Rushkoff ends with a gloomy picture of media: the media conglomerates will control the future. But his conspiracy analysis doesn't realize what happened in the last five years. The companies created broadcast sites instead of interactive sites because users easily subvert media events. A media slip can be seized upon by a clever user, turned into a satire, and released as an email that will circle the globe, forever beyond the control of the company.
This isn't just companies. Politicians contend with critics who use the instantaneous organizing power of the net. A careless statement can provoke tens of thousands of angry emails, all generated by discussion lists made up of affiliated users. In a recent election, a Republican candidate dismissed his opponent as a witch. Ah, but witches, better known as wicca, have more than 195,000 web sites, hundreds of chat lists, and they vote. The next morning, the candidate had to apologize and say that he by no means intended to disparage the dignity of Wicca voters.
In an amusing Tom Tomorrow cartoon, Rushkoff is a 35-year old guy trying to tell companies about Gen-X kids. Let's skip Gen X and Gen Y. Let's go to Gen Z, the 12-to-16 year old boys. They are very good at using the web, they understand the hypocrisy of media, and they push back (mostly because they don't realize how big their targets are.) Michael Lewis writes how a 15-year old school kid manipulated the stock market, made $800,000 in stock trades, and the SEC was unable to stop him. Forget trying to hack media ads. The kids are hacking the American economy itself, and there's nothing anyone can do. www.nytimes.com/2001/02/25/magazine/25STOCK-TRADER.html.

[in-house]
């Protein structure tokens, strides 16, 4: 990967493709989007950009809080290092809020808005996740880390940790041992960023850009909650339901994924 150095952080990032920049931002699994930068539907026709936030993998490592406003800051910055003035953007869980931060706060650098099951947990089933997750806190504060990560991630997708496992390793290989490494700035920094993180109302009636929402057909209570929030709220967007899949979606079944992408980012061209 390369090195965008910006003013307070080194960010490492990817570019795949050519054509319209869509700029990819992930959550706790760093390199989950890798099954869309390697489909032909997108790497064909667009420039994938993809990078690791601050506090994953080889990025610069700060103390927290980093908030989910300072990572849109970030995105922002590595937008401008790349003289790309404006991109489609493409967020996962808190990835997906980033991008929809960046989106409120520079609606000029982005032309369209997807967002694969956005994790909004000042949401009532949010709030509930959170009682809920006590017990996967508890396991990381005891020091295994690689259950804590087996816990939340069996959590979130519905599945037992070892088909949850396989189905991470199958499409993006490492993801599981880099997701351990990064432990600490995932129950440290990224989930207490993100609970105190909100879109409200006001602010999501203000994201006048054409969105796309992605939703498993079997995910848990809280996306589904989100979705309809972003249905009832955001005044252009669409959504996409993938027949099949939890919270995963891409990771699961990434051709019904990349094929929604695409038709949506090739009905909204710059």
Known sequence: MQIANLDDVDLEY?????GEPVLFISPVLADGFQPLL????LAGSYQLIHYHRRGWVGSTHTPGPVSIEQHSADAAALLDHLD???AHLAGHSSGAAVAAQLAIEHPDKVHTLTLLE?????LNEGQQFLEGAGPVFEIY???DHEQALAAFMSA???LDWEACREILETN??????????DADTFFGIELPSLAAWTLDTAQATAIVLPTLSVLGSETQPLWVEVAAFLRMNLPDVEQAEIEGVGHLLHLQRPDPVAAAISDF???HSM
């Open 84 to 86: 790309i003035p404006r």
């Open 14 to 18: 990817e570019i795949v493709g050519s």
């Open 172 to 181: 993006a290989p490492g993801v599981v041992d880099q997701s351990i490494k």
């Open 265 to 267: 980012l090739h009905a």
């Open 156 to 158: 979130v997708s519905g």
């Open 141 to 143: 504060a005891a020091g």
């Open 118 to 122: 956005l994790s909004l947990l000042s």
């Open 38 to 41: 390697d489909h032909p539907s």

The best (or worst) example is fuckedcompany.com, where Gen Y and Gen Z kids anonymously post internal information to undermine a company's media message and humiliate upper management. There's nothing the company can do. Companies have lost top-down hierarchical control and they can't force the workers to be loyal. There will be more websites such as fuckedcompany and so on. There's room for websites such as fuckedchurch, fuckedpoliticalparty, and so on. (Someone out there will read this and do it...)
So... do we listen to what "they" say? Only when we want to. And if we don't like what "they" say, we write an email, post it to our online social group, all of our friends will hear what we say, and "they" can't do anything about it. Forget the wagons in a circle, surrounded by Indians. The Apaches have overrun the campsite, they're partying around the bonfire, the kids have put on warpaint and joined the Indians, and there ain't no troops coming to the rescue.